On March 6, the World Bank said it was making up to $12bn in immediate support to assist countries coping with the health and economic impacts of the global outbreak. This financing is designed to help member countries take effective action to respond to and, where possible, lessen the tragic impacts posed by the COVID-19. It has not yet specified whether the IFC will use its financial firepower to reactivate in Russia.
The EBRD is owned by 65 countries, the EU and the European Investment Bank, but the countries with the largest stakes are Germany and the UK with 9.5% each, and it is said that politicians from Berlin and London exert great influence over the bank’s Russia policy. The US, which is much more strongly opposed to active EBRD involvement in Russia, has previously carried great weight. Russia has a 4.1% stake.
According to its website, the EBRD’s Russian portfolio has shrunk to €1.63bn from €6.3bn in 2015 following a raft of fire-sale exits, such as the disposal of Transcontainer for a loss of $100mn. About 90% is invested in the private sector, with the remainder in state-controlled entities. Some 54% is invested in industry, commerce and agribusiness, with 24% in financials and 22% in sustainable infrastructure.
President Vladimir Putin has suggested sanctions against his country should be relaxed in light of the COVID-19 pandemic. At a virtual meeting of G-20 leaders on March 26, Putin raised the topic of lifting sanctions and proposed an option for a joint moratorium on some kind of restrictions.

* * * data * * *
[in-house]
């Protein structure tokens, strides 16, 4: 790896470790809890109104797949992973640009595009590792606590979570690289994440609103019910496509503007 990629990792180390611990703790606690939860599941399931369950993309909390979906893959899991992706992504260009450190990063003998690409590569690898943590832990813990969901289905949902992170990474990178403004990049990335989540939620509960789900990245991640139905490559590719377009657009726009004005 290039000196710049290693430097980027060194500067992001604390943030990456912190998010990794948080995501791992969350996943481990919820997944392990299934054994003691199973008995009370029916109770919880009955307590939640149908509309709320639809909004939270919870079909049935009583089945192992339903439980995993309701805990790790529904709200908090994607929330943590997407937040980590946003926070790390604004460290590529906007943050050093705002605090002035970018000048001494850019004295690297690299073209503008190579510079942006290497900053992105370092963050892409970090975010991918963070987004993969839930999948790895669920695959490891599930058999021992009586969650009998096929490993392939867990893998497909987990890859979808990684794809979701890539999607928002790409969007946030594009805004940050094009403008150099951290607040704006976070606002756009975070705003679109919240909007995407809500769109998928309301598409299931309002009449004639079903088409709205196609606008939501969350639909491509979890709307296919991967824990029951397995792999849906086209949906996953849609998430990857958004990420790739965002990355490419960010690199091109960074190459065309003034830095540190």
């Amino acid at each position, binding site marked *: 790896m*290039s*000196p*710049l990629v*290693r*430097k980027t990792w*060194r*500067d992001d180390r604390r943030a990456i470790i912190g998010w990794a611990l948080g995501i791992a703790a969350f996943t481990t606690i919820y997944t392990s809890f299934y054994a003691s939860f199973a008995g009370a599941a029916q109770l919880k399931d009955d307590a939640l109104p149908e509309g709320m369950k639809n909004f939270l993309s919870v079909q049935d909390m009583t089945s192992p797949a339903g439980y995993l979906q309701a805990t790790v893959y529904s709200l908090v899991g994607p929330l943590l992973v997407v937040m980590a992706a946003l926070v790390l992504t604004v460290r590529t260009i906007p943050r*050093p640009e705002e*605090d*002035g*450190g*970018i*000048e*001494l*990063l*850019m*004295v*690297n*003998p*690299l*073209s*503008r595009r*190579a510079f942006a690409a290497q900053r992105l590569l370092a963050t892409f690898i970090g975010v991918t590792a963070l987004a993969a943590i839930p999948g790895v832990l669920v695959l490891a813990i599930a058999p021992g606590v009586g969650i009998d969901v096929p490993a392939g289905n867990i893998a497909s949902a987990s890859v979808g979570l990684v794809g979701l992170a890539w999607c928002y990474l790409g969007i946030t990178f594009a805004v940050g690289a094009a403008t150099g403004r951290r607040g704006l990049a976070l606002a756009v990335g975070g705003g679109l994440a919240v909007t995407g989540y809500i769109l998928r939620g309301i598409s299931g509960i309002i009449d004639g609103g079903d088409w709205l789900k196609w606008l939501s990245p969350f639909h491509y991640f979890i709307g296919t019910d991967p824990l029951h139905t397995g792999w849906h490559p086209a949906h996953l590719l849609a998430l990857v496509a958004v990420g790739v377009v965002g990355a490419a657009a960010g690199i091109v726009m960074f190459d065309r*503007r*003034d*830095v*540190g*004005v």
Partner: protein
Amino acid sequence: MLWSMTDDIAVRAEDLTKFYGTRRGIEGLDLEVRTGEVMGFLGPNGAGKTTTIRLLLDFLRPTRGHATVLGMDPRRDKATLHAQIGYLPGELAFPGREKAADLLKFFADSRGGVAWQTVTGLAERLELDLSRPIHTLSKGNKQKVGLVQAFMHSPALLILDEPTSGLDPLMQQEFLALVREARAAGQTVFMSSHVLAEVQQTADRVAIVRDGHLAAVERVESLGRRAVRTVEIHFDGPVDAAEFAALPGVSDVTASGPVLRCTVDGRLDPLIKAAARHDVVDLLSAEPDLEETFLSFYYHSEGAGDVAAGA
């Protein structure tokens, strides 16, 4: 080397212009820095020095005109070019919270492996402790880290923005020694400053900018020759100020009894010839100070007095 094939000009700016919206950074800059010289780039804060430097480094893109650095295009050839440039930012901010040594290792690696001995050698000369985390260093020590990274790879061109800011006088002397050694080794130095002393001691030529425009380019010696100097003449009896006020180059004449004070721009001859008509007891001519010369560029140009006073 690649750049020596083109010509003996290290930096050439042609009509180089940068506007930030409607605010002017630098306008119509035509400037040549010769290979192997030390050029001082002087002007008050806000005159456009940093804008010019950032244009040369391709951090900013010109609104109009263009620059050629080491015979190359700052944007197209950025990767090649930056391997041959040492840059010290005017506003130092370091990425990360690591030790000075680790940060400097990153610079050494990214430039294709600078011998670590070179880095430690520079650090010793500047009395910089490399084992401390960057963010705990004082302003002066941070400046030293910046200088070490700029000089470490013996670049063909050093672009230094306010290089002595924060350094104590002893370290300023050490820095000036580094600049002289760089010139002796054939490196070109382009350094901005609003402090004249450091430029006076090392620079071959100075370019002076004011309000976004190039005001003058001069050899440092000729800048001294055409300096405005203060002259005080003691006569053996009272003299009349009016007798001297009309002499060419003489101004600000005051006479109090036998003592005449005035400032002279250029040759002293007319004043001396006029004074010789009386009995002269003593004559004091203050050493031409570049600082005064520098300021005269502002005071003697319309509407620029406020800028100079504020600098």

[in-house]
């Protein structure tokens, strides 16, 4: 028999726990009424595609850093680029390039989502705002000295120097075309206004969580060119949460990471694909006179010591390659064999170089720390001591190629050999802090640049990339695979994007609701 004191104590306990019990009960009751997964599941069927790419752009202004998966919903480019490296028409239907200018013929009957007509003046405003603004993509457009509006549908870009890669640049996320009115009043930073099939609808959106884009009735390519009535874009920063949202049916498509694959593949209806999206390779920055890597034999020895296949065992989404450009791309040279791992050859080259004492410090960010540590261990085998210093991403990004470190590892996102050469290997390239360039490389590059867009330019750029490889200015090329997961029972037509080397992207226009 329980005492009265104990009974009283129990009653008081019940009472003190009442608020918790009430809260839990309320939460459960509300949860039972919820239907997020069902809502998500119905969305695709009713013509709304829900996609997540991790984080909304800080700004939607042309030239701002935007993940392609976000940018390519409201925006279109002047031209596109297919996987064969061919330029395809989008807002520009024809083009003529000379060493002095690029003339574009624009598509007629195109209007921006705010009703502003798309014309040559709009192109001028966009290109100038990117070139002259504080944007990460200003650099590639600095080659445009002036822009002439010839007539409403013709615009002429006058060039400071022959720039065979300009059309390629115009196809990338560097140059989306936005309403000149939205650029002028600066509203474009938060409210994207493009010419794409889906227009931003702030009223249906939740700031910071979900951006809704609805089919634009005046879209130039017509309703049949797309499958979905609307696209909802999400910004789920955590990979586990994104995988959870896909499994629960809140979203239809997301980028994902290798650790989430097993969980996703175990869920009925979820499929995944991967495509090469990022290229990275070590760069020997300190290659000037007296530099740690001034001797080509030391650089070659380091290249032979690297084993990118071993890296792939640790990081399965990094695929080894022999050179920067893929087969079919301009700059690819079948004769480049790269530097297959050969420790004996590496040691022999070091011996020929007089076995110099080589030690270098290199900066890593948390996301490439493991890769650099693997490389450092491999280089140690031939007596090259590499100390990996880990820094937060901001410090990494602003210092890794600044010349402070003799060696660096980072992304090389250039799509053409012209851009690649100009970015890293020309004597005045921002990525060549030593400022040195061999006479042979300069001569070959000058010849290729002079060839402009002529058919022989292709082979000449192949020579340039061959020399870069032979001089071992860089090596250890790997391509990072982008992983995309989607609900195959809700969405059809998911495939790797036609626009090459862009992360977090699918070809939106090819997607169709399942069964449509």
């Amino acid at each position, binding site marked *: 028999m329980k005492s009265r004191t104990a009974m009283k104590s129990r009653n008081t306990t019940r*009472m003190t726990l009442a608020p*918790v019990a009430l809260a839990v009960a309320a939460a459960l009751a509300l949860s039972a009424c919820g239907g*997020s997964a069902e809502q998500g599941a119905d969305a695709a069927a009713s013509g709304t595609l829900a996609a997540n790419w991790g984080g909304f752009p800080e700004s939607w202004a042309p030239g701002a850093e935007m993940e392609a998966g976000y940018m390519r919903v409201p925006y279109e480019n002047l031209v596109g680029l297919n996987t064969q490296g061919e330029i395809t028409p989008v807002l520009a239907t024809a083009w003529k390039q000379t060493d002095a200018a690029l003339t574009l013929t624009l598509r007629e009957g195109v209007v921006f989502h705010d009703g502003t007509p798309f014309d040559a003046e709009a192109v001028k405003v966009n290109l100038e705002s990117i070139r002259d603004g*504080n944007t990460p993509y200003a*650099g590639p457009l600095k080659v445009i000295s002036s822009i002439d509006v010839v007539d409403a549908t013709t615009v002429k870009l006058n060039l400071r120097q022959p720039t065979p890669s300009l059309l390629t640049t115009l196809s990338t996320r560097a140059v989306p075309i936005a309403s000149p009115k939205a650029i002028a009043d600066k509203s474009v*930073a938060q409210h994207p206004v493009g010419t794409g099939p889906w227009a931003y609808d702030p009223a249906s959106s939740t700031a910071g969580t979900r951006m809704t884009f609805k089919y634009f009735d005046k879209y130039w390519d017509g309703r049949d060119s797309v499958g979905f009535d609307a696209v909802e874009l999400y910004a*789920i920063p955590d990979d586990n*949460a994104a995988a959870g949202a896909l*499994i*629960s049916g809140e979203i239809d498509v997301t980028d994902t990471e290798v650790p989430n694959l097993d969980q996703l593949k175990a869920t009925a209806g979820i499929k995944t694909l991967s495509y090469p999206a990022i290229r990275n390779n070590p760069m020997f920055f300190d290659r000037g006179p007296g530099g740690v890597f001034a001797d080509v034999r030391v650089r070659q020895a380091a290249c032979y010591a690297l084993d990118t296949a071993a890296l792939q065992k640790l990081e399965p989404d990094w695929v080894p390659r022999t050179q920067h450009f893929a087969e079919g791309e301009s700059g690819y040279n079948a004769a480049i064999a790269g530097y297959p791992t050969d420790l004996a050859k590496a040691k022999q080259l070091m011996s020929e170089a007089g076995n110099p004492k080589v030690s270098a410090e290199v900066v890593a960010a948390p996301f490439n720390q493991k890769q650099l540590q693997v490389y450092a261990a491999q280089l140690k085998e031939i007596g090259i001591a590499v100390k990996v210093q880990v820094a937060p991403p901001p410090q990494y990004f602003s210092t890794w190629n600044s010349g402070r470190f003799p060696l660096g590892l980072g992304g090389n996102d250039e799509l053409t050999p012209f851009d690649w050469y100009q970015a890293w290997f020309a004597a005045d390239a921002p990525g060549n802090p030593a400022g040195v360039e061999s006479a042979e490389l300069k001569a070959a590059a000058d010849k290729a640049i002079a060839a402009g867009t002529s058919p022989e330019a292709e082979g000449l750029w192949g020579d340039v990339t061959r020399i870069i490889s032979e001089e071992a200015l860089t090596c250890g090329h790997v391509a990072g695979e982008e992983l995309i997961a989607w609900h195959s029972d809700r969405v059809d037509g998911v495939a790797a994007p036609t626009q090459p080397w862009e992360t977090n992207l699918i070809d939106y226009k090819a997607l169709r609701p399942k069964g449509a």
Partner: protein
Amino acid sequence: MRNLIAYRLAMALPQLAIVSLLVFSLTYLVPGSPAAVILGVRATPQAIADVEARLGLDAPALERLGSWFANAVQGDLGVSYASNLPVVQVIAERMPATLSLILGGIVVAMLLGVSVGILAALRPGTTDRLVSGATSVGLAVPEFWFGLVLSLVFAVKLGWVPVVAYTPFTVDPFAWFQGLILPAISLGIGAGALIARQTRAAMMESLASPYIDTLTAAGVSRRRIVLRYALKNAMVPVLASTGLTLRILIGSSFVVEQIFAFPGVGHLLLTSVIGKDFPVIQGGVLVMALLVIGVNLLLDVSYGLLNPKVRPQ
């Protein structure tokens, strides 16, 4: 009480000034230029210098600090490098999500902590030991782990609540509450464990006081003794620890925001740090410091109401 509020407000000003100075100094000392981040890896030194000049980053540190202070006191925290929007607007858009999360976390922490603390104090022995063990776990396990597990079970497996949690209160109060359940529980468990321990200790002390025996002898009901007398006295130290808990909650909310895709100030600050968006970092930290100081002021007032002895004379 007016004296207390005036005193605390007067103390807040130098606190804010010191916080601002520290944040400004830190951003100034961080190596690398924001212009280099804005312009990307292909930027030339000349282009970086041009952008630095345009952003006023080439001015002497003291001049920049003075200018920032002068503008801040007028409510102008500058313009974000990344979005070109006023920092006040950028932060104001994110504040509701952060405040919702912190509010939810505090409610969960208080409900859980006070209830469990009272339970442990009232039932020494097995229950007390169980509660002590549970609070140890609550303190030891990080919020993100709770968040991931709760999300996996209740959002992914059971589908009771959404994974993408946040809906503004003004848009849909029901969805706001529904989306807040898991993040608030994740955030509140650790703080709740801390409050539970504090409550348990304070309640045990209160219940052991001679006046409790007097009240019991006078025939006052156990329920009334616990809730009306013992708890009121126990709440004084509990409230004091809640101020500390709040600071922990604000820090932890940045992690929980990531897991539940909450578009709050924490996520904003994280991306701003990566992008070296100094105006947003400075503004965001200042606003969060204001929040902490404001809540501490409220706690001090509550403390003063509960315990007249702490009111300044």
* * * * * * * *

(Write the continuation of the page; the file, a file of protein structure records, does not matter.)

"Ideally, we should introduce a moratorium, a solid moratorium on restrictions on essential goods as well as financial transactions for buying them," he said.
Dmitry Medvedev, deputy chairman of the Security Council of the Russian Federation, has also spoken out against sanctions.
"As [we defended] our values shoulder-to-shoulder and fought for peace for future generations, so our countries must now demonstrate unity and leadership in order to win the war against coronavirus," said Medvedev, who was recently replaced as Prime Minister.
But the sanctions have so far been rolled over despite increasing noise from major European countries such as Germany and France to ease some of the measures.
Russia is in a relatively good fiscal position to withstand the combination of a low oil price and the initial onslaught of COVID-19, but Putin knows investment flow is critical for the economy's long-term development. The current sanctions have been an enormous drag on inward investment as investors are reluctant to engage due to the perceived reputational and business risk.
The definition of the law surrounding sanctions has not altered but COVID-19 has changed the optics as mutual economic co-operation becomes more important than politics.
Andrei Bystritsky, chairman of the Valdai International Discussion Club Foundation Council, believes sanctions will be on the table by September when he expects the world’s biggest countries will meet to come up with a development plan to overcome a global depression.
“That sancions will be severely reduced – or changed – is quite high,” Bystritsky told the news agency Prime .” It will be necessary to restore the world by developing some common plan of action and sanctions are a completely unnecessary obstacle.”